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Sales of existing homes rose again in November, marking the third consecutive month of increases, the National Association of Realtors reported today.
Three of the four major U.S. regions reported growth in monthly sales in November, while the fourth held steady. The reverse was true, however, when looking at the numbers year-over-year: only one region experienced an increase in sales from a year earlier, while the three others saw home sales decline.
Total sales of existing homes — completed transactions that include single-family homes, townhomes, condominiums and co-ops — grew 1.9% from October to a seasonally adjusted annual rate of 6.46 million in November. Sales fell 2% from a year earlier (6.59 million in November 2020).
“Determined buyers were able to land housing before mortgage rates rise further in the coming months,” said Lawrence Yun, NAR’s chief economist. “Locking in a constant and firm mortgage payment motivated many consumers who grew weary of escalating rents over the last year.”
He added that, “mortgage rates are projected to jump in 2022; however, I don’t expect the imminent increase to be overly dramatic.”
Yun forecasts the 30-year fixed mortgage rate to average 3.7% by the end of 2022.
Total housing inventory at the end of November amounted to 1.11 million units, down 9.8% from October and down 13.3% from 1.28 million a year earlier. Unsold inventory sits at a 2.1-month supply at the current sales pace, a decline from both the prior month and from one year ago.
The median existing-home price for all housing types in November was $353,900, up 13.9% from November 2020 ($310,800), as prices increased in each region, with the highest pace of appreciation in the South region. This marks 117 straight months of year-over-year increases, the longest-running streak on record.
“Supply-chain disruptions for building new homes and labor shortages have hindered bringing more inventory to the market,” Yun said. “Therefore, housing prices continue to march higher due to the near record-low supply levels.”
Yun noted that inflation and the pace of price appreciation is expected to subside in 2022. Last week, NAR held its third annual Real Estate Forecast Summit, featuring economists and housing experts whose consensus found inflation would likely ease next year at a 4% rate, while home prices are expected to rise at a moderate pace of 5.7%.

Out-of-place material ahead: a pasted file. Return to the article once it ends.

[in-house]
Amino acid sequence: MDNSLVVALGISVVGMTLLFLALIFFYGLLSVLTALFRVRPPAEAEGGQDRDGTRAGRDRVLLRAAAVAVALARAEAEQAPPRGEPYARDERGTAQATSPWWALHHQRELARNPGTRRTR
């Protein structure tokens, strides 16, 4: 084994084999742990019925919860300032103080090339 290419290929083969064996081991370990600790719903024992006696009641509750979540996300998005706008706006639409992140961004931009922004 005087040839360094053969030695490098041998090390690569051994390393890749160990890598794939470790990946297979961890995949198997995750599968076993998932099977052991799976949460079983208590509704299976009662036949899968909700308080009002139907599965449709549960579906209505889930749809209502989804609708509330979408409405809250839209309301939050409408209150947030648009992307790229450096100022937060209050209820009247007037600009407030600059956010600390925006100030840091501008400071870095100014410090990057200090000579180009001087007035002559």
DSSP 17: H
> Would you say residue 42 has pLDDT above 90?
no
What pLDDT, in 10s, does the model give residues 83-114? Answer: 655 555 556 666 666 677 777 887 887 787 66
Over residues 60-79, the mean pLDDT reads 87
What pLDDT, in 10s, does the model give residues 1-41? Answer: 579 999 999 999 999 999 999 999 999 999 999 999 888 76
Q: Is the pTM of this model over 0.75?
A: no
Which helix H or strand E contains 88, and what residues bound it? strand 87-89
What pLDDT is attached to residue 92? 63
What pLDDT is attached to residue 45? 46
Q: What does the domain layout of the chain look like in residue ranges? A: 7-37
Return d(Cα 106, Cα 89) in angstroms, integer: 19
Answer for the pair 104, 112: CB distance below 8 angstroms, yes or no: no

Properties typically remained on the market for 18 days in November, equal to October and down from 21 days in November 2020. Of the homes sold in November 2021, 83% were on the market for less than a month.
First-time buyers were responsible for 26% of sales in November, down from 29% in October and from 32% in November 2020. NAR’s 2021 Profile of Home Buyers and Sellers — released last month — reported that the annual share of first-time buyers was 34%.
Individual investors or second-home buyers, who make up many cash sales, purchased 15% of homes in November, down from 17% in October and up from 14% in November 2020. All-cash sales accounted for 24% of transactions in November, equal to October’s percentage, and up from 20% from November 2020.
Distressed sales – foreclosures and short sales – represented less than 1% of sales in November, equal to the percentage seen a month prior and equal to November 2020.
According to realtor.com’s Market Trends Report, the markets seeing the largest year-over-year growth in newly listed homes include Milwaukee (+17.4%), Charlotte, N.C., (+16.1%) and Buffalo (+13.5%). Markets still seeing a decline in newly listed homes compared to last year are Hartford, CT (-20.2%), San Francisco (-19.1%), and San Jose (-16.2%).
Single-family home sales rose to a seasonally adjusted annual rate of 5.75 million in November, up 1.6% from 5.66 million in October and down 2.2% from one year ago. The median existing single-family home price was $362,600 in November, up 14.9% from November 2020.
Existing condominium and co-op sales were recorded at a seasonally adjusted annual rate of 710,000 units in November, up 4.4% from 680,000 in October and equal to one year ago. The median existing condo price was $283,200 in November, an annual increase of 4.4%.
Existing-home sales in the Northeast were flat compared to the prior month, neither climbing or falling in November, and recorded an annual rate of 760,000, which is an 11.6% decrease from November 2020. The median price in the Northeast was $372,500, up 4.7% from one year ago.
Existing-home sales in the Midwest ticked up 0.7% to an annual rate of 1,520,000 in November, a 0.7% drop from a year ago. The median price in the Midwest was $260,100, a 9.0% jump from November 2020.
Existing-home sales in the South grew 2.9% in November, registering an annual rate of 2,850,000, a rise of 1.1% from one year ago. The median price in the South was $318,900, an 18.4% surge from one year prior.
Existing-home sales in the West increased 2.3%, reaching an annual rate of 1,330,000 in November, down 3.6% from one year ago. The median price in the West was $507,200, up 8.4% from November 2020.